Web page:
Recovering From Injuries

Physiotherapy


Every injury is unique. What structure is injured? Soft tissues such as muscles, ligaments or tendons? Bone? Is there something underlying that may need further investigation or intervention? How and when did it happen? Has there been any treatment administered so far?

Given there are so many factors that need to be considered there isn’t really a ‘recovery recipe’ that can be applied to everyone. Instead what we do have are some guidelines that help us to manage different injuries. 

In an attempt to try and keep it simple let’s consider two scenarios. An ACUTE soft tissue injury such as an ankle sprain vs your dad’s CHRONIC bad back that he's been complaining about for a few years. 

Sprained ankle

A sprained ankle: You stumbled off the curb on the way to work and rolled your ankle. There was immediate pain, by the time you got to work obvious swelling had appeared and it’s not comfortable to put all your weight on that foot. What do you do? 

RICER Protocol

Your recovery starts immediately with what’s called the RICER protocol:

  • R: REST 
  • I: ICE 
  • C: COMPRESSION 
  • E: ELEVATION
  • R: REFERRAL

These principles should be applied for the first 72 hours following any acute injury. I would always encourage one to seek advice from a physio as soon as possible. Ultimately they will guide you through the often painful initial stages as well as the later stages of recovery which will involve gradual loading, strengthening and eventually sports specific exercises. The recovery period for soft tissue injuries is usually 4-6 weeks, but this is a very general time frame with some more severe injuries taking 12 weeks or longer. 

Back injury

What about your dad’s bad back that he’s complained about for years? The recovery of a chronic injury such as this starts with the decision to actually do something about it. That sounds silly, but there are far too many people who think its normal to experience pain everyday; I’m telling you it’s absolutely not normal!

When you have persistent pain for an extended period your body adjusts by developing compensatory movement patterns. It might have started as localised lower back pain but what you find when you assess these clients many years down the track is a whole bunch of imbalances ranging from stiffness in the hip joints to poor gluteal strength, poor pelvic stability, mid thoracic stiffness and reduced lumbar mobility.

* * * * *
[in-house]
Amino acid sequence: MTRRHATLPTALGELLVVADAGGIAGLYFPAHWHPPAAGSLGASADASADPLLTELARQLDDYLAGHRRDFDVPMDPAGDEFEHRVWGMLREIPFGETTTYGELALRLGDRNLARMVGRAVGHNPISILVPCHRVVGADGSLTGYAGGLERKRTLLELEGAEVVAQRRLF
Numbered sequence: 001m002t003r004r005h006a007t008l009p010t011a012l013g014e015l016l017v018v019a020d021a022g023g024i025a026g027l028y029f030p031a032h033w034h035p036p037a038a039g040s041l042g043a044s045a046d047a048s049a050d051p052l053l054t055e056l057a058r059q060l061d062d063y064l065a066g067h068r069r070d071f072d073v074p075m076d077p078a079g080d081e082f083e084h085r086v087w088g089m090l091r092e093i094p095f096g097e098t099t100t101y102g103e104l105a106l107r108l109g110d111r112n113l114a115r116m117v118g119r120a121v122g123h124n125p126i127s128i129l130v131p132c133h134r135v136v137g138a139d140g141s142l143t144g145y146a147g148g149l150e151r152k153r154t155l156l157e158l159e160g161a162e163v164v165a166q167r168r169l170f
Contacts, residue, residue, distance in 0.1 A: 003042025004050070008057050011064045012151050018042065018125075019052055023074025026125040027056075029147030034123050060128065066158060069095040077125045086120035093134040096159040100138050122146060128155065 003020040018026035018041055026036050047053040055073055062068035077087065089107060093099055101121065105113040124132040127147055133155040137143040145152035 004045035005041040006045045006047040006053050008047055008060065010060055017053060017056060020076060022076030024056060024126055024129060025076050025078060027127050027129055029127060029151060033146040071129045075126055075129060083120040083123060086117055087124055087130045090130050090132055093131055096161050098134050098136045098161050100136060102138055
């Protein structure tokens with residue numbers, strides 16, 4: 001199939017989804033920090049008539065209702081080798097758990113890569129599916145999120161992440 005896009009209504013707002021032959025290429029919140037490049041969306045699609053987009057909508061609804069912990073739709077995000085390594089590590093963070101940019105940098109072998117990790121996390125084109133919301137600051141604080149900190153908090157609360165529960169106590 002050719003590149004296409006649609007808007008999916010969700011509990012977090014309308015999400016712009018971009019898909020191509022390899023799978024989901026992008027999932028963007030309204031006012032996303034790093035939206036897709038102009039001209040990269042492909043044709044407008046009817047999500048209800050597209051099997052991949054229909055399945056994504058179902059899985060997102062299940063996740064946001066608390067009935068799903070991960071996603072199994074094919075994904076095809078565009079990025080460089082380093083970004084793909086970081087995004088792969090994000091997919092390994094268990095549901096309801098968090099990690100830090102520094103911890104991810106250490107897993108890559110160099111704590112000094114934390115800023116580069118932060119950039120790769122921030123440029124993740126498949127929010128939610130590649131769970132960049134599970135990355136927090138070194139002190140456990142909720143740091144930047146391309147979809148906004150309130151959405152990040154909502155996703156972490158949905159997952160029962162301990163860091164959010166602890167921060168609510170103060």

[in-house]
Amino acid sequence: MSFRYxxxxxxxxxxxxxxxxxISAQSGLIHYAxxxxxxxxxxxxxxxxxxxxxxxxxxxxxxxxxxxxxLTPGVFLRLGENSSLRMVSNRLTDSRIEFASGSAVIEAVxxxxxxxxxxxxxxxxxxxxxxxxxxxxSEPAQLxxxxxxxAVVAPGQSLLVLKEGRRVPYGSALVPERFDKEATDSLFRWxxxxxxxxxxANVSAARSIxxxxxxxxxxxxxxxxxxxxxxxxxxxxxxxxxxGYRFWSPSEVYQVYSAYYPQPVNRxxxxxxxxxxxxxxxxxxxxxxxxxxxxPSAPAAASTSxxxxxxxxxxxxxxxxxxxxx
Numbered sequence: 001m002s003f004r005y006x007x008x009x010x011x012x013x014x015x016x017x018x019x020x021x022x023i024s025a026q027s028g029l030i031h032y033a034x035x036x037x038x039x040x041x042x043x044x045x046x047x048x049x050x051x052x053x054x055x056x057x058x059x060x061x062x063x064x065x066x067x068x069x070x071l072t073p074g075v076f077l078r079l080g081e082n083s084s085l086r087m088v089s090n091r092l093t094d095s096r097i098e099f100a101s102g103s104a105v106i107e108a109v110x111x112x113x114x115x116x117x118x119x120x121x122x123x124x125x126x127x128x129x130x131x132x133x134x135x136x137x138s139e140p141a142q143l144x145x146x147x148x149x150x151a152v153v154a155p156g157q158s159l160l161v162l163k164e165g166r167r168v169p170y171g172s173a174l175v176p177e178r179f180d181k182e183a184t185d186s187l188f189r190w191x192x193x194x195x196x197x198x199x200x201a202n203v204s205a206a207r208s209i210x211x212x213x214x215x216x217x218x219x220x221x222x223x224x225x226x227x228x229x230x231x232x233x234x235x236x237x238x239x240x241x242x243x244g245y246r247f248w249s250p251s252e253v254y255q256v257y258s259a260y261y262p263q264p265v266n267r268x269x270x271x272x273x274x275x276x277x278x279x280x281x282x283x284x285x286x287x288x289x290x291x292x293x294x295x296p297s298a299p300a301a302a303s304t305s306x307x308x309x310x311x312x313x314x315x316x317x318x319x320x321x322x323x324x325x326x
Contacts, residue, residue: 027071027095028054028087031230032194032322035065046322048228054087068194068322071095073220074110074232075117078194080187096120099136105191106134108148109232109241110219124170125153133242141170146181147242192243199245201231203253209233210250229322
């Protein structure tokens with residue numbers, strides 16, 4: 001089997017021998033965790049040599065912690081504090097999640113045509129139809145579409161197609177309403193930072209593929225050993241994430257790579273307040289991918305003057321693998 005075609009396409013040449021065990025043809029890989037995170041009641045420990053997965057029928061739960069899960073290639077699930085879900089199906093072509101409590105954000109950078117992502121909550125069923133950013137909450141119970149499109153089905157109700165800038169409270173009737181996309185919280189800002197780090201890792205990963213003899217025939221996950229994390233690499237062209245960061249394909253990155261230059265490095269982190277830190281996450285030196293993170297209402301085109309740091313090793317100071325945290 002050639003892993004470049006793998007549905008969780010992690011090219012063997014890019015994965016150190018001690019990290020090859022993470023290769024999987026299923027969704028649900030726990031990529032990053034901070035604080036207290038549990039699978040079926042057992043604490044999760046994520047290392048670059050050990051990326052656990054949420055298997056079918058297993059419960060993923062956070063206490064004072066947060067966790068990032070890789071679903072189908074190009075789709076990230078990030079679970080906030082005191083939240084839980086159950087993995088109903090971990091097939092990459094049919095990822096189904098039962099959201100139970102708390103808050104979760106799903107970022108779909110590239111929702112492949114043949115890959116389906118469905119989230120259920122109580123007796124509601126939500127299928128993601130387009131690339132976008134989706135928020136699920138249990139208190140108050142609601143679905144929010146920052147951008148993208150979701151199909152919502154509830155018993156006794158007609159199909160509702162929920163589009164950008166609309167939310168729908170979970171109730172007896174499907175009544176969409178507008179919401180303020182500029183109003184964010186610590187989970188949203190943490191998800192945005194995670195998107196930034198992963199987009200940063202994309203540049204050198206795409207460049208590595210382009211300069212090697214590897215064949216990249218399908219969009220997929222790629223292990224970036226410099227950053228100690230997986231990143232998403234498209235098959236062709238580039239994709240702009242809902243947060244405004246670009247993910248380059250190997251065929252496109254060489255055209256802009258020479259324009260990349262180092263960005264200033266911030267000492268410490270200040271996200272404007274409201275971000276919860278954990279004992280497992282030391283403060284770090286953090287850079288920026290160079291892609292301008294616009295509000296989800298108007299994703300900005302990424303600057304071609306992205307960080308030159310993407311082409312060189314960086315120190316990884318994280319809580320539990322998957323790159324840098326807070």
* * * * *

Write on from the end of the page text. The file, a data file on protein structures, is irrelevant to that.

For these patients the ‘recovery’ involves gradual re-training of efficient movement which I like to break down into a few components:

  • Strengthen areas that are weak
  • Mobilise areas that are stiff
  • Address fear avoidance behaviours (Its not uncommon have avoided certain movements that people associate with pain such as bending over or twisting)
  • Educate and build confidence 

This can be a timely process, and it requires much diligence on the clients behalf. I will also discuss other lifestyle factors with all of my clients because I strongly believe that sleep, nutrition, stress, hydration and mindset can play a huge role in the recovery of an injury. 

Recovering from an injury is a gradual process. Some recovery journeys are relatively straight forward: relative rest, gradual loading, progressive strengthening and return to sport. Other are not so linear and require one to unpack years of compensatory behaviours, slowly re-build strength,  restore mobility and eventually improve overall function. One thing I do know is that your recovery will be made much easier by having the right person to support and guide you through it all. 

Em Batger


Important: This article is general advice only. For further advice or information on this topic, please consult your health professional.

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